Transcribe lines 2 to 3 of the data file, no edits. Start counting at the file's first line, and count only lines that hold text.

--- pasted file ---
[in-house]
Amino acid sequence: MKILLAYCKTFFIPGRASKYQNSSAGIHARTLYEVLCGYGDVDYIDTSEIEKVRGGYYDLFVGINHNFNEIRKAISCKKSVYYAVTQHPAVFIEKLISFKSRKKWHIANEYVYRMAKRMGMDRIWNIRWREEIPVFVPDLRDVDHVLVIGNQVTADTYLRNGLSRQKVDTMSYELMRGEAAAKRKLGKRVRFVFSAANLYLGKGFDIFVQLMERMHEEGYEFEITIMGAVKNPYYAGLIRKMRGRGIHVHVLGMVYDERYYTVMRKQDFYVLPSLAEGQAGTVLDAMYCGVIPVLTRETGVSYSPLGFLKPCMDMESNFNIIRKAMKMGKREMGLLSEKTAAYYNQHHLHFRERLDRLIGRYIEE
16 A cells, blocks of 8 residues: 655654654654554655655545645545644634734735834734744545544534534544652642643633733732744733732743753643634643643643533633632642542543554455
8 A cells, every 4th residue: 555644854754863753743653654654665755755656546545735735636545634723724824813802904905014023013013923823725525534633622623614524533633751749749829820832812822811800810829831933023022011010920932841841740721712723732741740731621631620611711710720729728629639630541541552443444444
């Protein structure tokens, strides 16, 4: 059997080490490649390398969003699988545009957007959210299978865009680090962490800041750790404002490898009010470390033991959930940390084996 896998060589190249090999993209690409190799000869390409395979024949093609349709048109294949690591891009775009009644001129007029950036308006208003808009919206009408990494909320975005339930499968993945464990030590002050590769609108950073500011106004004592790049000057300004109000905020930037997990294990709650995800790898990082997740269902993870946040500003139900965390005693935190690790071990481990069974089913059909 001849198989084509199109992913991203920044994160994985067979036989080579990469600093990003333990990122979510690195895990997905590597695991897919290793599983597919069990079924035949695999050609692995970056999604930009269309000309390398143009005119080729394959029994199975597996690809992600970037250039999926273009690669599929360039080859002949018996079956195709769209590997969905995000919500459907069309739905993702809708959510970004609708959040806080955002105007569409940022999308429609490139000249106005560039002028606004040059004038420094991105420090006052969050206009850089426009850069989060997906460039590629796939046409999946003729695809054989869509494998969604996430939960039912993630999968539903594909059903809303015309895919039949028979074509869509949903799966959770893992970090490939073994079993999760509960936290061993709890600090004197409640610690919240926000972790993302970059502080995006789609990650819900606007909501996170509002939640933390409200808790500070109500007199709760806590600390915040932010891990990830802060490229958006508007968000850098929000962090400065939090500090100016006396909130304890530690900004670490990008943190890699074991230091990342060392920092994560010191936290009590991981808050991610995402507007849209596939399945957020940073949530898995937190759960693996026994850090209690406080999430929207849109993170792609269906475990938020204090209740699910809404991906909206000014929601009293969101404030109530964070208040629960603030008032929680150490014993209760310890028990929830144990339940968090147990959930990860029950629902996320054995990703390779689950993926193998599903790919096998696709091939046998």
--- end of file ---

Amino acid sequence: MKILLAYCKTFFIPGRASKYQNSSAGIHARTLYEVLCGYGDVDYIDTSEIEKVRGGYYDLFVGINHNFNEIRKAISCKKSVYYAVTQHPAVFIEKLISFKSRKKWHIANEYVYRMAKRMGMDRIWNIRWREEIPVFVPDLRDVDHVLVIGNQVTADTYLRNGLSRQKVDTMSYELMRGEAAAKRKLGKRVRFVFSAANLYLGKGFDIFVQLMERMHEEGYEFEITIMGAVKNPYYAGLIRKMRGRGIHVHVLGMVYDERYYTVMRKQDFYVLPSLAEGQAGTVLDAMYCGVIPVLTRETGVSYSPLGFLKPCMDMESNFNIIRKAMKMGKREMGLLSEKTAAYYNQHHLHFRERLDRLIGRYIEE
16 A cells, blocks of 8 residues: 655654654654554655655545645545644634734735834734744545544534534544652642643633733732744733732743753643634643643643533633632642542543554455